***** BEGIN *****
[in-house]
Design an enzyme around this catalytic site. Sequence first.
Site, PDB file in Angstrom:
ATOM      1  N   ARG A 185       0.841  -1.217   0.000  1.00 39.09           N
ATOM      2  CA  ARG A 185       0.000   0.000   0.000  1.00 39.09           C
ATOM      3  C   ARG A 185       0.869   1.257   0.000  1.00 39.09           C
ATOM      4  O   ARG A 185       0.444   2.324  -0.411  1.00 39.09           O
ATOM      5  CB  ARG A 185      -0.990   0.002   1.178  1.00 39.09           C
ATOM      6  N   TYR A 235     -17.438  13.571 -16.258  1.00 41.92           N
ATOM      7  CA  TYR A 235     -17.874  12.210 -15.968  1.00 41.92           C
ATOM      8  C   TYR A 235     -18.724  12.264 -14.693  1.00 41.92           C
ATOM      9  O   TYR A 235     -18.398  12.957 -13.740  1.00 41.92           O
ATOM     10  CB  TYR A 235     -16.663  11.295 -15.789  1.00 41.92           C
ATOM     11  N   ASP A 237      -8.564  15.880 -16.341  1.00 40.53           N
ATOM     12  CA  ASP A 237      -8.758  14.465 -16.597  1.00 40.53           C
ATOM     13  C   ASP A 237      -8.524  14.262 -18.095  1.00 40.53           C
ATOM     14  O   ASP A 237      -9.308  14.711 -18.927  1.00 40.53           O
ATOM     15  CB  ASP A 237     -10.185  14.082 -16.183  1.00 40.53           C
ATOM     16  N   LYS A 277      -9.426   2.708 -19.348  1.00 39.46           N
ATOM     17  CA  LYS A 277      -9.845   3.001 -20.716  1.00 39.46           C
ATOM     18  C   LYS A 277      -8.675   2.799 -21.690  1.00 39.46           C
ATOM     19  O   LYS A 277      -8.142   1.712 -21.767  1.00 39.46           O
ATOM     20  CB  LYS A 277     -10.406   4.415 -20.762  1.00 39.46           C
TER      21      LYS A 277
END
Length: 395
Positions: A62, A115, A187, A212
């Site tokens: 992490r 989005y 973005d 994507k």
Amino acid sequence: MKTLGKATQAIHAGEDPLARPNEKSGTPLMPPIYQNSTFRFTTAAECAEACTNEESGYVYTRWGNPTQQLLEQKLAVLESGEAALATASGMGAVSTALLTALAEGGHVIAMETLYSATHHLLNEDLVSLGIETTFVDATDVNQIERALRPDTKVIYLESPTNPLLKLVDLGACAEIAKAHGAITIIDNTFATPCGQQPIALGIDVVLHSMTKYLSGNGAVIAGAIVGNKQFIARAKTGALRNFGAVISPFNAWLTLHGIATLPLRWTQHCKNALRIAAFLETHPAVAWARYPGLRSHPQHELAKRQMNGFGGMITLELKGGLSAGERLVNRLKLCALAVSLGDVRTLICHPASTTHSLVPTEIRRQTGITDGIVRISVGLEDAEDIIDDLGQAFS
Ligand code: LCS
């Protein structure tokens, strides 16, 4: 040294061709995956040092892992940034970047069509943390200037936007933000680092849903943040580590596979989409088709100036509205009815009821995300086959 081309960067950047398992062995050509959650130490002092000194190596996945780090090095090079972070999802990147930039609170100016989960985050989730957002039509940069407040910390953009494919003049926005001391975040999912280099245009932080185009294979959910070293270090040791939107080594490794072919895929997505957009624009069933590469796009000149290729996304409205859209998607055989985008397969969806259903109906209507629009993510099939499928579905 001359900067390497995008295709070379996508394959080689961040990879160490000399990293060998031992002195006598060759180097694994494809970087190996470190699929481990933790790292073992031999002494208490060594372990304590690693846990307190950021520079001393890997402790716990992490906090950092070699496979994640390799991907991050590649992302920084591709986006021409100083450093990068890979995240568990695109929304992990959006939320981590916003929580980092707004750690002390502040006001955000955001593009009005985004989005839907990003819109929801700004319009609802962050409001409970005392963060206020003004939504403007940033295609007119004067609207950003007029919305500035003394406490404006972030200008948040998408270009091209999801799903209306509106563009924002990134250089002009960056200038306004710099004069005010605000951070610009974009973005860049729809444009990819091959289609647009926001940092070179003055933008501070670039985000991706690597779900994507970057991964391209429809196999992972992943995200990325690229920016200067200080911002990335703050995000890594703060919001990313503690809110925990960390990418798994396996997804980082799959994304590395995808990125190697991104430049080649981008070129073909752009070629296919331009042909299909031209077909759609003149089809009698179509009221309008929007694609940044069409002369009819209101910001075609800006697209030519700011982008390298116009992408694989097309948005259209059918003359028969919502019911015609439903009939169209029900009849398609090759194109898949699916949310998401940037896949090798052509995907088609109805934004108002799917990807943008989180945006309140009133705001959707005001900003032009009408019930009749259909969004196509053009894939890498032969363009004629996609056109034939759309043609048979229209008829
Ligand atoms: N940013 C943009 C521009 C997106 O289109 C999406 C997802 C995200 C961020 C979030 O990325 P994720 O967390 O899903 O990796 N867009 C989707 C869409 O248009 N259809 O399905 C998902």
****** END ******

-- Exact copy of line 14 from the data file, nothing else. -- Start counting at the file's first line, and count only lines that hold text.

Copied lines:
ATOM     11  N   ASP A 237      -8.564  15.880 -16.341  1.00 40.53           N